Integration for the GAA, Camogie and Ladies Gaelic Football Associations: What does it mean?

A huge step forward for the development of all Gaelic games codes, but what does this step mean for the game and how has it come about?

A composite image of four All-Ireland winners of 2023: James McCarthy of Dublin, Cian Lynch of Limerick, Sorcha McCartan and Aishling Thompson of Cork and Laoise Duffy of Down
Gaelic Games Integration The three associations that oversee the four codes of Gaelic games will come together under one organisation by 2027

The GAA will undergo a massive step forward in its history, with the integration of the Camogie Association and Ladies Gaelic Football Association to be delivered by 2027.

The proposal was passed in Dublin today, February 20, but has been on the lips of many a GAA fan for years.

This sends out a clear message of change and development across gaelic games.

Mary McAleese leads the committee looking into integration

Former President of Ireland Mary McAleese is the Steering Group for Integration Committee (SGI) Chairperson, which is the group assembled to tackle the issue of the integration of the GAA, Camogie Association and the Ladies’ Gaelic Football Association.

The SGI is made up of the three Uachtaráins (presidents); Hilda Breslin (Camogie), Larry McCarthy (GAA) and Mícheál Naughton (Ladies’ Gaelic Football), the three Ard Stiúrthóirí (directors); Sinéad McNulty (Camogie), Tom Ryan (GAA) and Helen O Rourke (Ladies’ Gaelic Football), Mary McAleese as Chair and is project managed by Mark Dorman.

McAleese said: “The SGI, after 18 months of intense listening and discussion, has now a recommended pathway to what will be the most historic development in Gaelic games and that is One Association for all of Gaelic games by 2027.

“Gaelic games are about to enter a new era. We are now at a point where the will of the members of the Gaelic Games Associations on integration can be delivered if our recommendations are followed and acted upon and made real.”

She also said that the merger will come into place at all levels, from club level to Croke Park, and that the plan will include ‘the entire structure, at local level right up to national level, that if people follow our pathway then in 2027 we will have a fully integrated association at every level’.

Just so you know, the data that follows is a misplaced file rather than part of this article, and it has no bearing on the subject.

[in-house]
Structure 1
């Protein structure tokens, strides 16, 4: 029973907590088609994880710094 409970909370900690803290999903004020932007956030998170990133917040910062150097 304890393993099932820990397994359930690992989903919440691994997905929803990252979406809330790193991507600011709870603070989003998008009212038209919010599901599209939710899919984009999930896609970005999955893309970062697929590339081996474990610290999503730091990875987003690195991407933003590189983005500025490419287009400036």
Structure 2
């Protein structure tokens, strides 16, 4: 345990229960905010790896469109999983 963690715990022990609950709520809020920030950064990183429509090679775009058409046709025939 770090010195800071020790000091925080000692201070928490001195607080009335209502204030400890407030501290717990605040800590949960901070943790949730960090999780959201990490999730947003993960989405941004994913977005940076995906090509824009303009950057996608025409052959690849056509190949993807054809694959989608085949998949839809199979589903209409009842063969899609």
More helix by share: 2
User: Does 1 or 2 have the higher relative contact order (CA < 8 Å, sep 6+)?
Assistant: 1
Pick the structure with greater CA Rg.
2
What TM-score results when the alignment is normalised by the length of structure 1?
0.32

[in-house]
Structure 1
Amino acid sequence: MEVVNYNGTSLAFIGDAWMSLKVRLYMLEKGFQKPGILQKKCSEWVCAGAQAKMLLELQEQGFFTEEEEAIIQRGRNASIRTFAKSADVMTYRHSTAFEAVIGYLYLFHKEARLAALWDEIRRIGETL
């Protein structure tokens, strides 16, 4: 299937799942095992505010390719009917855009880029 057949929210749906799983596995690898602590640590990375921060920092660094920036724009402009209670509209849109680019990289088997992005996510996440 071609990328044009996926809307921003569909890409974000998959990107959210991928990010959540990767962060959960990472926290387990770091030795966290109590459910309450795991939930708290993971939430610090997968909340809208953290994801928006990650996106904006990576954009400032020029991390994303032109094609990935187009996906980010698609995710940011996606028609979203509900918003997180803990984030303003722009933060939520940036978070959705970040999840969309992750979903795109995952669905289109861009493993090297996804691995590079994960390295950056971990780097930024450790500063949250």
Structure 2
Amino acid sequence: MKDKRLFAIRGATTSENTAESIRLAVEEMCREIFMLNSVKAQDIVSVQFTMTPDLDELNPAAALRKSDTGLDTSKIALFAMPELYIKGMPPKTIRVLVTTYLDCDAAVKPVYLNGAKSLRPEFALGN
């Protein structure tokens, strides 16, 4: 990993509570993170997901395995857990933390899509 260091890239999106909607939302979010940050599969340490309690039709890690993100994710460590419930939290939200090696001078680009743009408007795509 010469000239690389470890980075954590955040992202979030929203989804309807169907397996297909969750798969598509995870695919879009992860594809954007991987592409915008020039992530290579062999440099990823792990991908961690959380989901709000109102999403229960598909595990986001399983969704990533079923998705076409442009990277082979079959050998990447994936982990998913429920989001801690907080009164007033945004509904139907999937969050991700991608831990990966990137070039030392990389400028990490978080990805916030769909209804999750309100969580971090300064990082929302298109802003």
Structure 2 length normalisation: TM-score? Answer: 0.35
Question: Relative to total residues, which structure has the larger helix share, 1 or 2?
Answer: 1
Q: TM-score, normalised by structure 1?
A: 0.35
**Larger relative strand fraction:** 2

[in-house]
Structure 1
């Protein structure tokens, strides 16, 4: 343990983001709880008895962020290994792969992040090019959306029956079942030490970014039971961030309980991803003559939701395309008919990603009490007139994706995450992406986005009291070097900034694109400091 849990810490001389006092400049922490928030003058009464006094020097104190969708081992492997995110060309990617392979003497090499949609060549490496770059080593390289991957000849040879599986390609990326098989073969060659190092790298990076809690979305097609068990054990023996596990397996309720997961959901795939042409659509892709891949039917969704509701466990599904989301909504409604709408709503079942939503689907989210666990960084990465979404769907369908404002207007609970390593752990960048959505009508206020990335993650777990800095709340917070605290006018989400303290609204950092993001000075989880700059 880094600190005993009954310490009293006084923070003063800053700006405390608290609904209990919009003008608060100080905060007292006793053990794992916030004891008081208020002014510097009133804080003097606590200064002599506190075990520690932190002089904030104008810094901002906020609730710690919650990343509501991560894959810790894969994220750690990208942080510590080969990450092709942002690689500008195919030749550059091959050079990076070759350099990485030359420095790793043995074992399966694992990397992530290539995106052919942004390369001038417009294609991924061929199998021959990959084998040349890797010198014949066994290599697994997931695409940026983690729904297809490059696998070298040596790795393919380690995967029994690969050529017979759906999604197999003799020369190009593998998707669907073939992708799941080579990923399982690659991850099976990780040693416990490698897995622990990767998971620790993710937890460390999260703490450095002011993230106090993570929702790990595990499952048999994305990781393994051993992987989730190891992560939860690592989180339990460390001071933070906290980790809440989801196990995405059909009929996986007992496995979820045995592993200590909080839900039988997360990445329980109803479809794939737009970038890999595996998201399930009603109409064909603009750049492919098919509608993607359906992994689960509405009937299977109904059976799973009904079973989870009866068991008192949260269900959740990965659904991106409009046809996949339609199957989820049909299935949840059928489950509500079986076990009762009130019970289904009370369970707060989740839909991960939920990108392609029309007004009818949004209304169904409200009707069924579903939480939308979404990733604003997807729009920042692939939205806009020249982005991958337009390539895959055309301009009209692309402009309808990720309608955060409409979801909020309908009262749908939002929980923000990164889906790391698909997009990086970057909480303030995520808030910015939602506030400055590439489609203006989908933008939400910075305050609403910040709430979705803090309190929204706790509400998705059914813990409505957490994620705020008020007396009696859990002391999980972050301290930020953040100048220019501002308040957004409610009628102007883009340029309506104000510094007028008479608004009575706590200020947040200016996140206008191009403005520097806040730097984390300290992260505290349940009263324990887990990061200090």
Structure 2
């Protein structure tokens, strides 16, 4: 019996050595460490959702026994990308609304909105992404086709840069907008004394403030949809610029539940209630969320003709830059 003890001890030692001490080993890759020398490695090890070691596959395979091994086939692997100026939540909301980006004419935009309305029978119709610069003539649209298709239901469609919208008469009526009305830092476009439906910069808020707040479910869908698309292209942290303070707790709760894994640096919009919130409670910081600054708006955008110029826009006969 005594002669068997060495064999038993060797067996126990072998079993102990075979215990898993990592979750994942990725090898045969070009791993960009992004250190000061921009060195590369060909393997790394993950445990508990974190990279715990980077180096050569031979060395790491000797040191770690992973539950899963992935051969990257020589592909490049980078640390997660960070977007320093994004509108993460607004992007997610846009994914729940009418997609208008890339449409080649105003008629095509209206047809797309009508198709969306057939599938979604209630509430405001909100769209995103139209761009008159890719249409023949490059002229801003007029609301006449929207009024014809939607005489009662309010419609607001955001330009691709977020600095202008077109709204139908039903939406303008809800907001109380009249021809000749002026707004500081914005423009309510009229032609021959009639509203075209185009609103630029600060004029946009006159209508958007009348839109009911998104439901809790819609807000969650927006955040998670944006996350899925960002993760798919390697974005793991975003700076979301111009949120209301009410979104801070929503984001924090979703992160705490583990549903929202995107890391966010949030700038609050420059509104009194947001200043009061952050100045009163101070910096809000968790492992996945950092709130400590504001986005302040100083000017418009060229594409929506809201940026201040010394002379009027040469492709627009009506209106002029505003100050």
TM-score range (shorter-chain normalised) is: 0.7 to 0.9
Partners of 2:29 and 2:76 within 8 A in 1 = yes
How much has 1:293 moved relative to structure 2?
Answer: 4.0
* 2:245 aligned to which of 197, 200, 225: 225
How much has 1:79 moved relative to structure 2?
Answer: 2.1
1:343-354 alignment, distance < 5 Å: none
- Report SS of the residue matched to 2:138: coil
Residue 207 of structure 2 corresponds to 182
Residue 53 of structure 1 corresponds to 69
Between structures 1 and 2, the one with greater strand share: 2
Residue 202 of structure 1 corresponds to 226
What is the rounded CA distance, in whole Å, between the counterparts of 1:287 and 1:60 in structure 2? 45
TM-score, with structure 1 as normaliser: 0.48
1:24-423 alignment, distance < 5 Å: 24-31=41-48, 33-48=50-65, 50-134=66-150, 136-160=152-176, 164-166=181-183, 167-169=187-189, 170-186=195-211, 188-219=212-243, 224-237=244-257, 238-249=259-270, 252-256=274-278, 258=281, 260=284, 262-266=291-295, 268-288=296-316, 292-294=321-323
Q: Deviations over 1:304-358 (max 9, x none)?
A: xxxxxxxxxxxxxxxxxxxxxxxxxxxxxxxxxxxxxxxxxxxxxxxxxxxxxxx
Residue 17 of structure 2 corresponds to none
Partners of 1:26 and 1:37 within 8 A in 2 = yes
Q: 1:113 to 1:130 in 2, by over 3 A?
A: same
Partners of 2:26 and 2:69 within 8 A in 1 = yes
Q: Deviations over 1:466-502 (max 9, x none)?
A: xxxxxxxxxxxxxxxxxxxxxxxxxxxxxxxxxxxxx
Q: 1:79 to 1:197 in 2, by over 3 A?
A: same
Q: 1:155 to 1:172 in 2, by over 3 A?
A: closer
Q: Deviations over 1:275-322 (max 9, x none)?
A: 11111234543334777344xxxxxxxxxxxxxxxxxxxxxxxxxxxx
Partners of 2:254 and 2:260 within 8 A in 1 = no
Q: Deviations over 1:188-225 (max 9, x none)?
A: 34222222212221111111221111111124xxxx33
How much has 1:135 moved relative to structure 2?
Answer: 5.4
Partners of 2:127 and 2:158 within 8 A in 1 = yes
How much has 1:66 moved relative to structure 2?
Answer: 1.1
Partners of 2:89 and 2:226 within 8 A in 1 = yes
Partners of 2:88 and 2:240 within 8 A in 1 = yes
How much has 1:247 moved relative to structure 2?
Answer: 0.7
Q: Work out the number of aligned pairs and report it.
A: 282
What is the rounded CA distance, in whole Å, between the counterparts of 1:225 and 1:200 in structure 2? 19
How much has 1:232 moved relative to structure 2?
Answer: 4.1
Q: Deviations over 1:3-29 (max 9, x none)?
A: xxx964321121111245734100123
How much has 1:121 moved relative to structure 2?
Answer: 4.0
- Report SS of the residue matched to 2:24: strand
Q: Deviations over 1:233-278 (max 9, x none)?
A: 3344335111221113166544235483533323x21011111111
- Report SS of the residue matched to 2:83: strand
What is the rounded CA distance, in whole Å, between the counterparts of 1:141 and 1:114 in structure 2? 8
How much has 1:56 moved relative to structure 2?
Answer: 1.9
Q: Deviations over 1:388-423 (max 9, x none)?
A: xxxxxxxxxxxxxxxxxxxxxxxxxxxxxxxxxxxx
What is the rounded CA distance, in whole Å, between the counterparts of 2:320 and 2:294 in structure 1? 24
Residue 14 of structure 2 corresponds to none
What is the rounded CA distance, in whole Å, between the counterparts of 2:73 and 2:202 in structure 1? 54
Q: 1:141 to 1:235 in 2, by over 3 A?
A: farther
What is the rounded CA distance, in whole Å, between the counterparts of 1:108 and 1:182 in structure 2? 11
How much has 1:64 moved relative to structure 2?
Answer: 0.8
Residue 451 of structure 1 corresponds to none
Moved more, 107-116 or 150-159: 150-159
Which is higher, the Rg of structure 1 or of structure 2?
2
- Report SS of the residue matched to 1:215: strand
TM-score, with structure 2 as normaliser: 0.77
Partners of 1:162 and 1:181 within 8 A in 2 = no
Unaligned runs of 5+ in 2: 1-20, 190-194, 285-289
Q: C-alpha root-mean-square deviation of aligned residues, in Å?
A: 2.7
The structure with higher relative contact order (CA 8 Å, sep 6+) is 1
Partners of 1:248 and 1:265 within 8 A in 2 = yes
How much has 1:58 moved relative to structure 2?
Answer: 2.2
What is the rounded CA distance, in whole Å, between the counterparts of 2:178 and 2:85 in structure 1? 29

Vocal support and extensive study

Dr Katie Liston, a senior lecturer in Social Sciences of Sport at Ulster University, has been one of the loudest voices for integrating Gaelic games.

She authored a policy brief for an academic research group on the integration of the associations and how it can be achieved on June 6 2023.

In the paper, she recommended five measures for the future of Gaelic games; plan for a full integration process, agree on principles and values to guide that process, prioritise female representation, develop a funding model based on equity and build a new organisation for Gaelic games.

In a platform piece with The Irish News in June 2023, she spoke about the importance of equality of members in integration

She said: “If we get integration right, it will secure growth in Gaelic games and generate economic prosperity across society as a whole. Why? Because women will be included, equally.

“The systems of work and the organisational structures of a new organisation can support male and female members across all units: players, administrators, coaches, leaders, and officials.”

At the launch of the policy brief, Tyrone footballer Conor Meyler said he’s “truly excited at the thought of being part of an integrated association in which all players are treated equally.”

What does Gaelic games integration mean?

The integration of the GAA with the Camogie and Ladies’ Gaelic Football Associations means that there will be more streamlined registration for players of both clubs and counties.

There are multiple areas that the organisations have said will progress over the coming months.

A Joint Fixtures Review Workgroup will take place to help align fixtures across the codes.

A detailed audit of existing facilities and then the implementation of a facilities equal access policy will be carried out to give a clearer view of the investment needed to accommodate the extra facilities and resources needed for the integration.

A National Children’s Office will be set up to ensure the safeguarding of young players and the development of youth games across the counties.

There will be updated one club guidance and support and significant adoption of this model to ensure the clubs and counties represent everyone under their membership equally.

There will be a look into the membership of clubs to streamline all club players, coaches and volunteers under one membership for their club.

The streamlining of the injury benefit fund and staffing structures of the organisations will also be looked into.

The integration roadmap is yet to be laid out in full but over the next few weeks, each of the three associations’ annual congresses will hear about the developments of discussions and visions for the future.